Following Friday’s settlement regarding the contract termination of Mike Richards, Los Angeles Kings GM Dean Lombardi said he believes what happened to the 30-year-old center is “a tragedy.” Lombardi said he did everything he could to help Richards and called the situation the most traumatic episode of his career.
Friday afternoon, the Los Angeles Kings and Mike Richards officially reached a settlement regarding the termination of Richards’ contract. Late Friday evening, Kings GM Dean Lombardi released a statement to the Los Angeles Times saying he tried everything to help the now-former Kings center and that what happened to Richards was “a tragedy.”
In the statement, Lombardi compares the situation with Richards to finding out ones spouse was committing infidelity. The Kings GM said he’s unsure if he will ever be able to recuperate from what happened between the club and Richards.
“Without a doubt, the realization of what happened to Mike Richards is the most traumatic episode of my career,” Lombardi wrote to The Times. “At times, I think that I will never recover from it. It is difficult to trust anyone right now — and you begin to question whether you can trust your own judgment…Anyone close enough to me knows how much I loved Mike Richards. I believed that when I had acquired him, I had found my own Derek Jeter.”
Since being dealt to Los Angeles, Richards, 30, watched his production dip substantially. After scoring 23 goals and 66 points with the Flyers in 2010-11, Philadelphia dealt Richards, their then-captain, to the Kings in a shocking off-season move. What followed was an 18-goal, 44-point season from Richards, which would stand as his best mark in a Los Angeles uniform. In 2014-15, Richards had his career-worst campaign, scoring five goals and 16 points in 53 games and was demoted to the AHL’s Manchester Monarchs in January — the first AHL demotion of his career.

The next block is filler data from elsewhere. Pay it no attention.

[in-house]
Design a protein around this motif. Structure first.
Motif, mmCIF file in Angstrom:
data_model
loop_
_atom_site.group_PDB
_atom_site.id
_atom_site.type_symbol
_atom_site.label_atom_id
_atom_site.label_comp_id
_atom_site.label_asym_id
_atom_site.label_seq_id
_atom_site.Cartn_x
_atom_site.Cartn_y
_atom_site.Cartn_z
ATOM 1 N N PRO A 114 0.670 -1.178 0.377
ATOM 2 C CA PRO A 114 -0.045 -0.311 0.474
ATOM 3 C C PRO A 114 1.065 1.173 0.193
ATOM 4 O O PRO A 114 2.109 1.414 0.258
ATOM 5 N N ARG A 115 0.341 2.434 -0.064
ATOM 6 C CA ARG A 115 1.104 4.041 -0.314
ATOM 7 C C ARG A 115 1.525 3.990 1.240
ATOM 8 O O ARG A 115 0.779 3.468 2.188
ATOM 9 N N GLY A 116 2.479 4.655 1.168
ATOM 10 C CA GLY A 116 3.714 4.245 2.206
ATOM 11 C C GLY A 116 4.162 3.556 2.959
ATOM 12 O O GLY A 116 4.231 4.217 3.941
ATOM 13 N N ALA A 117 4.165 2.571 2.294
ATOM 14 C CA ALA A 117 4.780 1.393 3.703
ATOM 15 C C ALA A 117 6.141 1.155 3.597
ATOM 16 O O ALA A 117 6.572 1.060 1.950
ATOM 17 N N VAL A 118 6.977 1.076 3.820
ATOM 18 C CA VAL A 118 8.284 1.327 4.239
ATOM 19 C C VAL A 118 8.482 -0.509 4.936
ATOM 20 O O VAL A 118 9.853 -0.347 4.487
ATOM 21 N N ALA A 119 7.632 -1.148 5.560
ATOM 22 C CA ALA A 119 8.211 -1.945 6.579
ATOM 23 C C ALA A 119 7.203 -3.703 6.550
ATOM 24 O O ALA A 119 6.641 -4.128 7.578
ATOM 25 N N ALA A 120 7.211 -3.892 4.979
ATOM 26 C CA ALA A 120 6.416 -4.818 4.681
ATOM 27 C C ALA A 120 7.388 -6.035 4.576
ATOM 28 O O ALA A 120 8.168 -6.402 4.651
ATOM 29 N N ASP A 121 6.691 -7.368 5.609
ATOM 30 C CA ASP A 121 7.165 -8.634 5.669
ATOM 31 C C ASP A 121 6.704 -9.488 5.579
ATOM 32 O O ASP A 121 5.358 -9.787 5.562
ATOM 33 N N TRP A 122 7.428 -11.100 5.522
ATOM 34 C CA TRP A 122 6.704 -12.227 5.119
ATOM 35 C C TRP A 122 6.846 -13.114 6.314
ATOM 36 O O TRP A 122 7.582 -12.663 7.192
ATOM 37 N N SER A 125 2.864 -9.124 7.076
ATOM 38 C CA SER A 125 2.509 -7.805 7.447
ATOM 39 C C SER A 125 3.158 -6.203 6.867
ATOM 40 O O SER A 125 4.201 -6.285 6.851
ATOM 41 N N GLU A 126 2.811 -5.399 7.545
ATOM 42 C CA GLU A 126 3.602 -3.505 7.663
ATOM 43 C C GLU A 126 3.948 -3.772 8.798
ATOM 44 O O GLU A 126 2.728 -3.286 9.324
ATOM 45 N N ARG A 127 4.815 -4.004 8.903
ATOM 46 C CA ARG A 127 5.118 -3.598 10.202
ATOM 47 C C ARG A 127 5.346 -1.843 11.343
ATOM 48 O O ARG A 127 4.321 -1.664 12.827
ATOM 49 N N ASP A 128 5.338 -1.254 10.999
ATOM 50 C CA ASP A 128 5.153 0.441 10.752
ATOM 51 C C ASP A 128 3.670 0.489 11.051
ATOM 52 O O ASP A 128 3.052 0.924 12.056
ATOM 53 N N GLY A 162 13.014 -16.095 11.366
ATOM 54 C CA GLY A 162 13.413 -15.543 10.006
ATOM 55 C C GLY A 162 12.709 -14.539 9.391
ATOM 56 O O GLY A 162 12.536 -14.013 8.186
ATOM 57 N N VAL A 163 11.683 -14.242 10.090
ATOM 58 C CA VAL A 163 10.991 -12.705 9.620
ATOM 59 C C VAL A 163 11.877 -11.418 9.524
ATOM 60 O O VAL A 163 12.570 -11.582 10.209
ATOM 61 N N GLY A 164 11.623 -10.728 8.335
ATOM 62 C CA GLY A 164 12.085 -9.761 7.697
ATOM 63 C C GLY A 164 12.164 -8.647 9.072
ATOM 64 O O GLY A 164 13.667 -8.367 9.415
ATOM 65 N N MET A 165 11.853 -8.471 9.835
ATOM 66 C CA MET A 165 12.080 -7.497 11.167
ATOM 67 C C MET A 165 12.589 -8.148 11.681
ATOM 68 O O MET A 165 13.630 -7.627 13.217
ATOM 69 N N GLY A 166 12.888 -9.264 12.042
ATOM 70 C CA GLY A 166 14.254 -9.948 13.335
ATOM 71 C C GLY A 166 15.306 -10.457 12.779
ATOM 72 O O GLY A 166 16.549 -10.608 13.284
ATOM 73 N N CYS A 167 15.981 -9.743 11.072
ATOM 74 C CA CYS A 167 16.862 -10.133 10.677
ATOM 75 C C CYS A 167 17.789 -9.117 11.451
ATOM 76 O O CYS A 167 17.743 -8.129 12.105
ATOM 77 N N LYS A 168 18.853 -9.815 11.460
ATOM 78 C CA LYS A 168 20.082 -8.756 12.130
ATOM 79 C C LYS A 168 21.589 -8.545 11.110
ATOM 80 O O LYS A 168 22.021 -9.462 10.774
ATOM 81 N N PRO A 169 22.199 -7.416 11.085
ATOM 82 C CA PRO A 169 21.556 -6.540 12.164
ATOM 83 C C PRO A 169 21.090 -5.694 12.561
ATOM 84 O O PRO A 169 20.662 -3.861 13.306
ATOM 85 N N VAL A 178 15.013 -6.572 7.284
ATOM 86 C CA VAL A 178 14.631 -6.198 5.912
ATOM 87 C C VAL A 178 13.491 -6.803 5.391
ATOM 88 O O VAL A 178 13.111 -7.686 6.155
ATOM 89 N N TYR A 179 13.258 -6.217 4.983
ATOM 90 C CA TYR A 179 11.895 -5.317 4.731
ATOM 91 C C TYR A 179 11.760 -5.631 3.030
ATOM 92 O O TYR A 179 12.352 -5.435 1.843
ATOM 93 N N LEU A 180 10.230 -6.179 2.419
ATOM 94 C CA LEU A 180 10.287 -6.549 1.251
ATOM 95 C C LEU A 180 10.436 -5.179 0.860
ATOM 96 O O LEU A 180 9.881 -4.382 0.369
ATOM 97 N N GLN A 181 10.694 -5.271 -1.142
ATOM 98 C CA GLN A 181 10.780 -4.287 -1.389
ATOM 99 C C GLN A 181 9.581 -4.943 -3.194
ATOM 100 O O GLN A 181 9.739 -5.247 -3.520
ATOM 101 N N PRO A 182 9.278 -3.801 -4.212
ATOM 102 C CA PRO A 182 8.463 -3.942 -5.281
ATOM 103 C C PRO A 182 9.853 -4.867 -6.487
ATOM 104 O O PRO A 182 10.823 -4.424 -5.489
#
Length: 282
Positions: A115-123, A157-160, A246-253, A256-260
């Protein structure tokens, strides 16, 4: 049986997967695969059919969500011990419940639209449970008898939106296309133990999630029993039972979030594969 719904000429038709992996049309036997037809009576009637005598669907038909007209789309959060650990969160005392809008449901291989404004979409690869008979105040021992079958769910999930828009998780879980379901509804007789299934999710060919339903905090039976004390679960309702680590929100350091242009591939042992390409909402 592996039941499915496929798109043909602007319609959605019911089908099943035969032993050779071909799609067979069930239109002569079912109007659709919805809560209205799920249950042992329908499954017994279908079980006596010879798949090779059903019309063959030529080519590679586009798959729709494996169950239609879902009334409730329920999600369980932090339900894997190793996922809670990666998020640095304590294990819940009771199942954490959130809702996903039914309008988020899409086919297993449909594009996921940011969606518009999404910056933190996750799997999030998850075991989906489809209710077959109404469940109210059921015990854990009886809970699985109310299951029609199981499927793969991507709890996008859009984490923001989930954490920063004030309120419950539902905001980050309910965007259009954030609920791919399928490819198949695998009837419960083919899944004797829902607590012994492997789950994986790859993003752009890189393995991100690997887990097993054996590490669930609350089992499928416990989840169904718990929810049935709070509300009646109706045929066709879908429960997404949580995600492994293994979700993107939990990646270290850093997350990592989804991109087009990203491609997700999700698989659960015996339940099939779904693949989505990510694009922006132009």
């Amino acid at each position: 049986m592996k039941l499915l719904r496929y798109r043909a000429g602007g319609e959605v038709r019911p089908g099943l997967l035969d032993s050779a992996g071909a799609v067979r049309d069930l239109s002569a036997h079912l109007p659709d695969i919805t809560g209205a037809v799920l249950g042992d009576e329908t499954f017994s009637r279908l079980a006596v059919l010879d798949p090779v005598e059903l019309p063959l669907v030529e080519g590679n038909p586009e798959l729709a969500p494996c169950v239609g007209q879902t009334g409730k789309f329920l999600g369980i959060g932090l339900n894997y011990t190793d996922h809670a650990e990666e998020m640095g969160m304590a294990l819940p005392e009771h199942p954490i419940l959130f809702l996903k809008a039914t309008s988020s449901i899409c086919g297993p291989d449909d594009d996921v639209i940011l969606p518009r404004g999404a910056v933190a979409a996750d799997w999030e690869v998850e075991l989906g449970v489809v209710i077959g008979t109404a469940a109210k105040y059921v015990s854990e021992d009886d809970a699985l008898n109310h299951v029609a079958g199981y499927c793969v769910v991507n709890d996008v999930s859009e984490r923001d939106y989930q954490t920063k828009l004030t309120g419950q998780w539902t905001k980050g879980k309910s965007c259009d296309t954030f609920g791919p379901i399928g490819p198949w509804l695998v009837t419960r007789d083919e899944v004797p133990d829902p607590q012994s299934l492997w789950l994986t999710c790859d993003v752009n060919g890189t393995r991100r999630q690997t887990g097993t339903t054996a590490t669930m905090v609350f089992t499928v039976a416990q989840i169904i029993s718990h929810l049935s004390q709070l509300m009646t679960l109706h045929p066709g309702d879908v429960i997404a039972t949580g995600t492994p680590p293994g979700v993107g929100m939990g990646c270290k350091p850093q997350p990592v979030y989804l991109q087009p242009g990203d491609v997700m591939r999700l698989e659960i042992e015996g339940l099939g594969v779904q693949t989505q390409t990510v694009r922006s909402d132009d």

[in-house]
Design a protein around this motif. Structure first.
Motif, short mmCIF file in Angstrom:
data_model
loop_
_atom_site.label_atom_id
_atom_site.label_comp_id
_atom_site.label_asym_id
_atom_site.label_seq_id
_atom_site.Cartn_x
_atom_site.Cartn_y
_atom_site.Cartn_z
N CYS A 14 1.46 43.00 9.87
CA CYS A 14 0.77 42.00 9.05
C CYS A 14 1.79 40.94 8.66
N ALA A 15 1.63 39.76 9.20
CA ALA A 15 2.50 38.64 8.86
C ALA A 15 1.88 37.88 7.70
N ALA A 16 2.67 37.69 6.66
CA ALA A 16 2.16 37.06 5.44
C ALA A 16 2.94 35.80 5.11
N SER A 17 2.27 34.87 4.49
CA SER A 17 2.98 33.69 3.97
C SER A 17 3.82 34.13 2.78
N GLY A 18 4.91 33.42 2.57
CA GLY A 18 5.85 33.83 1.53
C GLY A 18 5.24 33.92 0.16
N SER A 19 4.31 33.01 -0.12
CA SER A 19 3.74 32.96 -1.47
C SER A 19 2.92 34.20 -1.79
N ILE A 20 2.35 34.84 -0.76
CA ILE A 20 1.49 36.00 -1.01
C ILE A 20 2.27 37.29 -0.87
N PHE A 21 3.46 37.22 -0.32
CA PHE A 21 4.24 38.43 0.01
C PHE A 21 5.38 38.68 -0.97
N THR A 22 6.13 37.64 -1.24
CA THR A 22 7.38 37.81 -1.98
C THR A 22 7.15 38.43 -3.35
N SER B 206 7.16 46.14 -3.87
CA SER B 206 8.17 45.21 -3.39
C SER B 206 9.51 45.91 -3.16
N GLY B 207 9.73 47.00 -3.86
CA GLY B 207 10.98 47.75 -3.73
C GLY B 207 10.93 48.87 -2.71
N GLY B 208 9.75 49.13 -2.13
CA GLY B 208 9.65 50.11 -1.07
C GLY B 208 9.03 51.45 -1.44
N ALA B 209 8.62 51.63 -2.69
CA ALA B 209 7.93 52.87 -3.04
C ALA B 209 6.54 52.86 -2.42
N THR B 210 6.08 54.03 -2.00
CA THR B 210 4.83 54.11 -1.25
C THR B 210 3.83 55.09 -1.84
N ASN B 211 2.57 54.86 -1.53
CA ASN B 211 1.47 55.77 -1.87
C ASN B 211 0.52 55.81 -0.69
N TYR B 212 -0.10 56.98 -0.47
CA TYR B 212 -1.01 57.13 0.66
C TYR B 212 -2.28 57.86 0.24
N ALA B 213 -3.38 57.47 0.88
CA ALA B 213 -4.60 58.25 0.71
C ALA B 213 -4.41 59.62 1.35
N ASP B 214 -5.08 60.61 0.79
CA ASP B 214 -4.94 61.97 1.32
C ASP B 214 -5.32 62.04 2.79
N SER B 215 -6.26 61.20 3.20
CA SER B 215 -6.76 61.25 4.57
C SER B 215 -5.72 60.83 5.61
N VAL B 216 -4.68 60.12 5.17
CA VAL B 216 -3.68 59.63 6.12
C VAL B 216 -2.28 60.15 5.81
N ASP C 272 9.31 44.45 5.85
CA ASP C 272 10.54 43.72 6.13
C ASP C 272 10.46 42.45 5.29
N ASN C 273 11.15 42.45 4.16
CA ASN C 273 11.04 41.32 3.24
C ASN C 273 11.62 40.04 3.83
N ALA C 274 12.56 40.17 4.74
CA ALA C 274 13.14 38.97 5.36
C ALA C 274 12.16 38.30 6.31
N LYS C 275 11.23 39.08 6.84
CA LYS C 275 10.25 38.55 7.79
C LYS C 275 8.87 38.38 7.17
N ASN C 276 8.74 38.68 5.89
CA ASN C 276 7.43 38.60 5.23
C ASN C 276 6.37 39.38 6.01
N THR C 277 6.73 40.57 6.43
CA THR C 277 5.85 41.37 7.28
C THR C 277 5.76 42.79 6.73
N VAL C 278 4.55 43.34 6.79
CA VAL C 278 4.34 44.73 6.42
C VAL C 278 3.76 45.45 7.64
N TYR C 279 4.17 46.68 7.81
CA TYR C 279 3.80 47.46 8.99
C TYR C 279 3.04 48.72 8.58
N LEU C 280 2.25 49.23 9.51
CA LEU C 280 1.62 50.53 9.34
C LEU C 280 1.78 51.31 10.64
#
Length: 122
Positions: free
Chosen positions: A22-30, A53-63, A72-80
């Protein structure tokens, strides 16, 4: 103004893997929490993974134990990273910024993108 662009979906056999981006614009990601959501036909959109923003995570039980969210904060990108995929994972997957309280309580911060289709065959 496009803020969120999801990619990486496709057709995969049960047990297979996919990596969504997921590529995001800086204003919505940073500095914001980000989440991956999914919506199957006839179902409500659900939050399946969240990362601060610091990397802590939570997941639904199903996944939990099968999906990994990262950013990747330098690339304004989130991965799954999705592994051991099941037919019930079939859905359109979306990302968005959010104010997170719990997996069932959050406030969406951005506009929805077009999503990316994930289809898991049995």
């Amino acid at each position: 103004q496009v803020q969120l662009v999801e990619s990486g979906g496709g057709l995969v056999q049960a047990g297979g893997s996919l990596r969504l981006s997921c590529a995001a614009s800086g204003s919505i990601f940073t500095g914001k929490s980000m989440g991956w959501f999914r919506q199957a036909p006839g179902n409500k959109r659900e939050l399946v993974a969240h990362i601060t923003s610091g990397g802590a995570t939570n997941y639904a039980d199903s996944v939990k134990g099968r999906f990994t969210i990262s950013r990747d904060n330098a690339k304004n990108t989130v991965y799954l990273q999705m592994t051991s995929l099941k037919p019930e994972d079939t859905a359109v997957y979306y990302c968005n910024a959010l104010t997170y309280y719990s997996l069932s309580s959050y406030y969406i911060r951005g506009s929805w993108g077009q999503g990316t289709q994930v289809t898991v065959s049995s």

Richards’ situation in Los Angeles came to a head in June when he was stopped at the U.S.-Canada border-crossing in Emerson, Man. Following an investigation by Manitoba RCMP, he was charged in August with possession of a controlled substance, which was allegedly the pain medication Oxycodone.
When the Kings learned of the incident at the border, Lombardi reportedly nixed trade talks they had engaged in surrounding Richards, placed the veteran center on unconditional waivers and terminated his deal, citing a “material breach.” Richards had five years and $22 million remaining on his contract. Now, under the settlement, Richards will remain on the Kings’ cap until 2031 with Los Angeles also being forced to pay a $1.32 million cap recapture penalty for the next five seasons.
“I tried everything with Mike — meeting with him constantly, sending him to concussion specialists, traveling in the off-season to visit with him at his summer home (in Kenora, Ont.) — and everything failed,” Lombardi wrote. “I heard the rumors that Mike might have some off-ice issues, but I refused to believe that they were true despite some obvious signs.
“The reality is that I was ‘played.’ My only regret, though, is that I wish Mike had been able to come to me with his problem — and that was the last message I left for him on his cellphone when I learned of the incident and all the history leading up to the incident.”
Lombardi added that Richards should be held “accountable for his actions,” and that he became, “caught in such a destructive spiral.” Richards is now an unrestricted free agent and is free to sign with any team who may be interested in his services.
“I believe that what happened to Mike Richards is a tragedy and I cannot let it go,” Lombardi wrote. “My short-term goal is to win championships; my long-term goal is to eventually become more involved with groups studying the changing values that are becoming increasingly evident in sport and their root causes.”